Voter turnout hasn’t surpassed 80% since 1888 when Grover Cleveland lost to Benjamin Harrison. The reasons for this are many: Voter registration isn’t automatic, many Americans are apathetic about political theater, and, of course, Election Day takes place on a run-of-the-mill Tuesday in November.
As the 2016 election ramps up, President Obama—whose 2008 election brought out a record setting 57.1% of eligible voters—expressed support for Election Day as a national holiday in an interview with Rutgers University’s The Daily Targum:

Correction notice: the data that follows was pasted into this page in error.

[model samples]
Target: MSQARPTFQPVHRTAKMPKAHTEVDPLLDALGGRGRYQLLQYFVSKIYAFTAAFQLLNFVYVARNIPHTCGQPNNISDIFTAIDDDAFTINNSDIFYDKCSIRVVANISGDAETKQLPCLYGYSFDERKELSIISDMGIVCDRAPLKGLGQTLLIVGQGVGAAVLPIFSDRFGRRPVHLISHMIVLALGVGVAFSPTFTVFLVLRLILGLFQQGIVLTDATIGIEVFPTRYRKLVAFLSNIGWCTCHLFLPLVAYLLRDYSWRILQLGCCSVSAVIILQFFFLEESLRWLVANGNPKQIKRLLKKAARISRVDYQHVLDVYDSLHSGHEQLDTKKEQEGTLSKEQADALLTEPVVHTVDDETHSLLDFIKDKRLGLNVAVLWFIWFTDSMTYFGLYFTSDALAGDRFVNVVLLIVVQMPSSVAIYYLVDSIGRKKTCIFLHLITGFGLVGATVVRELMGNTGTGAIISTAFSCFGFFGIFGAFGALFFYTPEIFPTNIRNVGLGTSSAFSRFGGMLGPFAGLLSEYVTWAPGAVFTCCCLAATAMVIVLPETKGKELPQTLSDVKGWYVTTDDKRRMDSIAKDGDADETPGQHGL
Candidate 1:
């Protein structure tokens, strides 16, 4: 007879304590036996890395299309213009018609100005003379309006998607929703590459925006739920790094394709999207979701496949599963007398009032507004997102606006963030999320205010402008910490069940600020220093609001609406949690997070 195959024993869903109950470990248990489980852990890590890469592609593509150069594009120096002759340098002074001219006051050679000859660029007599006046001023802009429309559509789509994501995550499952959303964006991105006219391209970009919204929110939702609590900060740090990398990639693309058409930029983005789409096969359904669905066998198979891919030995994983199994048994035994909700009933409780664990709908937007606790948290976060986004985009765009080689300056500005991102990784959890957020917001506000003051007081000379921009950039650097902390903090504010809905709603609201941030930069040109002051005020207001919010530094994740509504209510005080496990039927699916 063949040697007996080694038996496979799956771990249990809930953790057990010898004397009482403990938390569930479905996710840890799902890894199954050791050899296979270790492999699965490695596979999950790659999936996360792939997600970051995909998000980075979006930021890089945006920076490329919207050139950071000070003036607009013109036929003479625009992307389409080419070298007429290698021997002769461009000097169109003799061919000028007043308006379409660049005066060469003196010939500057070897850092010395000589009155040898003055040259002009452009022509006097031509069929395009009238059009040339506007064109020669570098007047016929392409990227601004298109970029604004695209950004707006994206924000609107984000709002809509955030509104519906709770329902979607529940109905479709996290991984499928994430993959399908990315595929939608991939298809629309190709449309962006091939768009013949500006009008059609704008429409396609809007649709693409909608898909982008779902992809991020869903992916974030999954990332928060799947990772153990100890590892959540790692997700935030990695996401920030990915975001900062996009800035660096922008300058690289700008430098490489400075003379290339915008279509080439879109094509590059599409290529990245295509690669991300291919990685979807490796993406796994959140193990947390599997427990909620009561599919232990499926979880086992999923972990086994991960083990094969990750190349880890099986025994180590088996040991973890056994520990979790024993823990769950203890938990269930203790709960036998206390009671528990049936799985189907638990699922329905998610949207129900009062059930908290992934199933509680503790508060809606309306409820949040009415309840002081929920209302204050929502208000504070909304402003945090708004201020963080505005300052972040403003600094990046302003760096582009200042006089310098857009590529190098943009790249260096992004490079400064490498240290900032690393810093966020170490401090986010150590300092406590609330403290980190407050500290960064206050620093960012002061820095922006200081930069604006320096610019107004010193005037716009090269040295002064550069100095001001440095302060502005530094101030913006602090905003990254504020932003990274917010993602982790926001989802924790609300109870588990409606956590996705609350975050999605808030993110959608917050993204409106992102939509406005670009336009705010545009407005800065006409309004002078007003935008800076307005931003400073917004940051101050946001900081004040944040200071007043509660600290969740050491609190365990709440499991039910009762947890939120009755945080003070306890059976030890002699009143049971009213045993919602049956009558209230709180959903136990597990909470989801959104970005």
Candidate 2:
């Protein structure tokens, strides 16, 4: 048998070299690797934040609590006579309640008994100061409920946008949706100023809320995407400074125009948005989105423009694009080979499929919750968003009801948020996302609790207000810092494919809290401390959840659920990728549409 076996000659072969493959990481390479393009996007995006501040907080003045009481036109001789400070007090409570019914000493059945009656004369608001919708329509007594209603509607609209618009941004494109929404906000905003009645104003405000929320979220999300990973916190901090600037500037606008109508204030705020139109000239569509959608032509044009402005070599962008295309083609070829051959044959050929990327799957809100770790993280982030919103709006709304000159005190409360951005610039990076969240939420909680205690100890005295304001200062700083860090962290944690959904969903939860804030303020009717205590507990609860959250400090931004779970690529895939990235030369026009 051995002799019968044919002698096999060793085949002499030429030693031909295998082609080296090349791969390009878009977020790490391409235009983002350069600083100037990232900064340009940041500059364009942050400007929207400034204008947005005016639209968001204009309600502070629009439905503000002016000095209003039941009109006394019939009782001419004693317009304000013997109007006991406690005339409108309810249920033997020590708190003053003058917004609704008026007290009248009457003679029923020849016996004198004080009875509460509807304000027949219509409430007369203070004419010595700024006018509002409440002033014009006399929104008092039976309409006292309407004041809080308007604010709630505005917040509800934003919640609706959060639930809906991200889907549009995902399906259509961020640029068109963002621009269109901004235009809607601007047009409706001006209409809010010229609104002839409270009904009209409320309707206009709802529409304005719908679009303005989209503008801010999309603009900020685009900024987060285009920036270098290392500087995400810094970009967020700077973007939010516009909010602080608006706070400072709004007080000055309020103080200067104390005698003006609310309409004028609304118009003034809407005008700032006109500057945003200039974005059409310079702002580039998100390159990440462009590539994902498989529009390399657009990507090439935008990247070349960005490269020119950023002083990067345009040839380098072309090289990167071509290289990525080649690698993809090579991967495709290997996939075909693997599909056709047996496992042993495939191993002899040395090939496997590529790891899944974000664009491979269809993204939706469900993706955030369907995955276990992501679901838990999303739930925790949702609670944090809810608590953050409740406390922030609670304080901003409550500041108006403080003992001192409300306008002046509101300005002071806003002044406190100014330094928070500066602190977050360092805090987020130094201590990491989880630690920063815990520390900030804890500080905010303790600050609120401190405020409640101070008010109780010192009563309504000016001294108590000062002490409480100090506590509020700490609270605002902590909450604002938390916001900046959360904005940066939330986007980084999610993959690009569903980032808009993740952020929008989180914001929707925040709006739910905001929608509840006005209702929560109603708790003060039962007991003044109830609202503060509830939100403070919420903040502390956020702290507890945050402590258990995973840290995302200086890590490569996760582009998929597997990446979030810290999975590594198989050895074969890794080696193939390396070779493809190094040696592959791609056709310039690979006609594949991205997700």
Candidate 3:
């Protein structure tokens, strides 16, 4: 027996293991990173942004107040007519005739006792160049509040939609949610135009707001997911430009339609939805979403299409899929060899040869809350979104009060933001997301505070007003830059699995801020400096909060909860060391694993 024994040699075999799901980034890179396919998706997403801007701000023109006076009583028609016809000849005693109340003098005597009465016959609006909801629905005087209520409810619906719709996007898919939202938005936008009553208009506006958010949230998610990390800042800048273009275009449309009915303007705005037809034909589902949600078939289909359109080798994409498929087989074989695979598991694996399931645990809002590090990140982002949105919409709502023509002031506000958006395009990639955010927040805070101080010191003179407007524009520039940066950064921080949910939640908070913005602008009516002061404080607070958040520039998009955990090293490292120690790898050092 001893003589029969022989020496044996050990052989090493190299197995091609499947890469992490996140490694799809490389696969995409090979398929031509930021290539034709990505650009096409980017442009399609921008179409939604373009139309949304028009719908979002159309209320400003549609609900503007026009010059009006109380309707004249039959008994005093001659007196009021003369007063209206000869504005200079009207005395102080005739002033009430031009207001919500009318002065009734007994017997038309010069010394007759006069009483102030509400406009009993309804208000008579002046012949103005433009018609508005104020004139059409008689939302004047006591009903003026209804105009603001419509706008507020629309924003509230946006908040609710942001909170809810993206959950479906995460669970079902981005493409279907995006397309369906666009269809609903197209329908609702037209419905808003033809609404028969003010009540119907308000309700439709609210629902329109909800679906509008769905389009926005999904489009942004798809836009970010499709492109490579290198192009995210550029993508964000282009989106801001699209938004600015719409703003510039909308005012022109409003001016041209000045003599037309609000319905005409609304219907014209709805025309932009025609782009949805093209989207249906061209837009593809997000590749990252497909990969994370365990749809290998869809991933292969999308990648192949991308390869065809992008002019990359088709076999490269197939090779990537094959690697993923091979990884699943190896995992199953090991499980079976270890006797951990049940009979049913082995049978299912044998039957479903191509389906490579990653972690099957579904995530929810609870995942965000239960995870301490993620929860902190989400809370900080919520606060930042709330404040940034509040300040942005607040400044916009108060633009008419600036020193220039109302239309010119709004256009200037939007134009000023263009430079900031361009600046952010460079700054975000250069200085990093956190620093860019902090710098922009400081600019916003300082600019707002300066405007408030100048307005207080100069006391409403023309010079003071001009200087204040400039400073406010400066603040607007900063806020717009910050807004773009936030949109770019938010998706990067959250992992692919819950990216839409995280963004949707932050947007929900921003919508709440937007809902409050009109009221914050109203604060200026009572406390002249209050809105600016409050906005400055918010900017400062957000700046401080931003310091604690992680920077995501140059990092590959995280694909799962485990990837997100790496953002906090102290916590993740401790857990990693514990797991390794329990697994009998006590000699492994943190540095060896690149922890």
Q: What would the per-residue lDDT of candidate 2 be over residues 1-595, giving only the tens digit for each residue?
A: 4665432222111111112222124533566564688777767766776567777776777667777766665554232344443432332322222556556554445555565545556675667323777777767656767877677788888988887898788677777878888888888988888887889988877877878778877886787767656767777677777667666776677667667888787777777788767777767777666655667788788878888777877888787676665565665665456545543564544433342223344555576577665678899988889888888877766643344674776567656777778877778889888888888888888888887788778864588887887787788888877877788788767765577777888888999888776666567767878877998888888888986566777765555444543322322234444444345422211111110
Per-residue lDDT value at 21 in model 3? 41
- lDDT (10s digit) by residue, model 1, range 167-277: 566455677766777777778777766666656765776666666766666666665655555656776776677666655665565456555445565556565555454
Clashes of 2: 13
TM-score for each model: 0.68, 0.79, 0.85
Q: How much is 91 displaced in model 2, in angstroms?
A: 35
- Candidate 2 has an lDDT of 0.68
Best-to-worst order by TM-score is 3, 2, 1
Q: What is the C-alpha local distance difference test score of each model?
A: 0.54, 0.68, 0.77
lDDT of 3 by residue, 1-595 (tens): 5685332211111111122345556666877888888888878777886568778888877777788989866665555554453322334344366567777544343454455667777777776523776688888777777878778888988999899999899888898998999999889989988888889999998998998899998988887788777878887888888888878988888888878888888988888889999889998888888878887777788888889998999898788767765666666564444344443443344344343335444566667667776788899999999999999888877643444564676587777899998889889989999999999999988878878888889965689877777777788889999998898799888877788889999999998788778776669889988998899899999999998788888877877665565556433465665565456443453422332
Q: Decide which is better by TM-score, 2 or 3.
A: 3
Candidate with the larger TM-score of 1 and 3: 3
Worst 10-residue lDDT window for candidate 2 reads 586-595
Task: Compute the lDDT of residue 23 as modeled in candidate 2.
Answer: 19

We are the only advanced democracy that makes it deliberately difficult for people to vote. And some of it has to do with the nature of our history and our Constitution, where we allow individual states to determine their own processes for structuring elections within certain boundaries.
The single most dramatic political change that could occur in this country—and the best way for us to relieve the frustrations that people feel around the political process—would be if we had greater participation that was more reflective of the day-to-day concerns that people have.